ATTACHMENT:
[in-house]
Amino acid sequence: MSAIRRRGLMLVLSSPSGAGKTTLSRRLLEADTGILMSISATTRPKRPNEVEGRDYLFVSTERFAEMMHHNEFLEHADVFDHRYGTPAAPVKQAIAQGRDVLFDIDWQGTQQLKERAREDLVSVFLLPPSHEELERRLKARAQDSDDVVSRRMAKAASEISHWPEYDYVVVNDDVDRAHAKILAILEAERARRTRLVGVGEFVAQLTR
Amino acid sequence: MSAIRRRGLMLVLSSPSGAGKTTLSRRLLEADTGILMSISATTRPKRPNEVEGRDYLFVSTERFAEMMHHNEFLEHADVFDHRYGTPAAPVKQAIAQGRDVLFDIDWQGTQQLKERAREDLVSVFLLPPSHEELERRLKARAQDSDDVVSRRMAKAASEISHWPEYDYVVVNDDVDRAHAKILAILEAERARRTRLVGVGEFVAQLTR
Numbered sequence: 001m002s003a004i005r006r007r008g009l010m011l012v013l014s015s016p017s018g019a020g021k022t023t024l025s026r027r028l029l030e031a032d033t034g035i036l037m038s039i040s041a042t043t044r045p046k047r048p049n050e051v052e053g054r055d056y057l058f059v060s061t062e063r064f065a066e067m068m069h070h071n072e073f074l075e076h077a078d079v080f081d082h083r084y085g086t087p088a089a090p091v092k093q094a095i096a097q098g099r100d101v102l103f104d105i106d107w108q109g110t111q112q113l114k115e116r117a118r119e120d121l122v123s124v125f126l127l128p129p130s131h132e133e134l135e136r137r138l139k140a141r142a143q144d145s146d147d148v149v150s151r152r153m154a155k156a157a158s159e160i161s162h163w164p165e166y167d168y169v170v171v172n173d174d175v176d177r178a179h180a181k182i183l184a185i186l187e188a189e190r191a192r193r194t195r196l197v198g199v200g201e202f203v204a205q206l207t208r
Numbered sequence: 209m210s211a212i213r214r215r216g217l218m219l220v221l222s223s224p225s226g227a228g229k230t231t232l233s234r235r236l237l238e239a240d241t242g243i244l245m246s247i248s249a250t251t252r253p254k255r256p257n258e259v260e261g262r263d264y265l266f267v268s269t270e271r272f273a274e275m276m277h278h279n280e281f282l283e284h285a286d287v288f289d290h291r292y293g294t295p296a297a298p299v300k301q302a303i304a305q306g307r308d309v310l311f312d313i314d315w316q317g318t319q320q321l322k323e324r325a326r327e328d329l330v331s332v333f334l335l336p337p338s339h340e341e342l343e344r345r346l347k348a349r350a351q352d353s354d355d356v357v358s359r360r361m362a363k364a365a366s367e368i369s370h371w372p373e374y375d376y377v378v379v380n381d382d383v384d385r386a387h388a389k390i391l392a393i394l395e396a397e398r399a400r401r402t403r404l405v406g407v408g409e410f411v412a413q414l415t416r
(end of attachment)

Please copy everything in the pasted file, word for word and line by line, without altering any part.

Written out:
[in-house]
Amino acid sequence: MSAIRRRGLMLVLSSPSGAGKTTLSRRLLEADTGILMSISATTRPKRPNEVEGRDYLFVSTERFAEMMHHNEFLEHADVFDHRYGTPAAPVKQAIAQGRDVLFDIDWQGTQQLKERAREDLVSVFLLPPSHEELERRLKARAQDSDDVVSRRMAKAASEISHWPEYDYVVVNDDVDRAHAKILAILEAERARRTRLVGVGEFVAQLTR
Amino acid sequence: MSAIRRRGLMLVLSSPSGAGKTTLSRRLLEADTGILMSISATTRPKRPNEVEGRDYLFVSTERFAEMMHHNEFLEHADVFDHRYGTPAAPVKQAIAQGRDVLFDIDWQGTQQLKERAREDLVSVFLLPPSHEELERRLKARAQDSDDVVSRRMAKAASEISHWPEYDYVVVNDDVDRAHAKILAILEAERARRTRLVGVGEFVAQLTR
Numbered sequence: 001m002s003a004i005r006r007r008g009l010m011l012v013l014s015s016p017s018g019a020g021k022t023t024l025s026r027r028l029l030e031a032d033t034g035i036l037m038s039i040s041a042t043t044r045p046k047r048p049n050e051v052e053g054r055d056y057l058f059v060s061t062e063r064f065a066e067m068m069h070h071n072e073f074l075e076h077a078d079v080f081d082h083r084y085g086t087p088a089a090p091v092k093q094a095i096a097q098g099r100d101v102l103f104d105i106d107w108q109g110t111q112q113l114k115e116r117a118r119e120d121l122v123s124v125f126l127l128p129p130s131h132e133e134l135e136r137r138l139k140a141r142a143q144d145s146d147d148v149v150s151r152r153m154a155k156a157a158s159e160i161s162h163w164p165e166y167d168y169v170v171v172n173d174d175v176d177r178a179h180a181k182i183l184a185i186l187e188a189e190r191a192r193r194t195r196l197v198g199v200g201e202f203v204a205q206l207t208r
Numbered sequence: 209m210s211a212i213r214r215r216g217l218m219l220v221l222s223s224p225s226g227a228g229k230t231t232l233s234r235r236l237l238e239a240d241t242g243i244l245m246s247i248s249a250t251t252r253p254k255r256p257n258e259v260e261g262r263d264y265l266f267v268s269t270e271r272f273a274e275m276m277h278h279n280e281f282l283e284h285a286d287v288f289d290h291r292y293g294t295p296a297a298p299v300k301q302a303i304a305q306g307r308d309v310l311f312d313i314d315w316q317g318t319q320q321l322k323e324r325a326r327e328d329l330v331s332v333f334l335l336p337p338s339h340e341e342l343e344r345r346l347k348a349r350a351q352d353s354d355d356v357v358s359r360r361m362a363k364a365a366s367e368i369s370h371w372p373e374y375d376y377v378v379v380n381d382d383v384d385r386a387h388a389k390i391l392a393i394l395e396a397e398r399a400r401r402t403r404l405v406g407v408g409e410f411v412a413q414l415t416r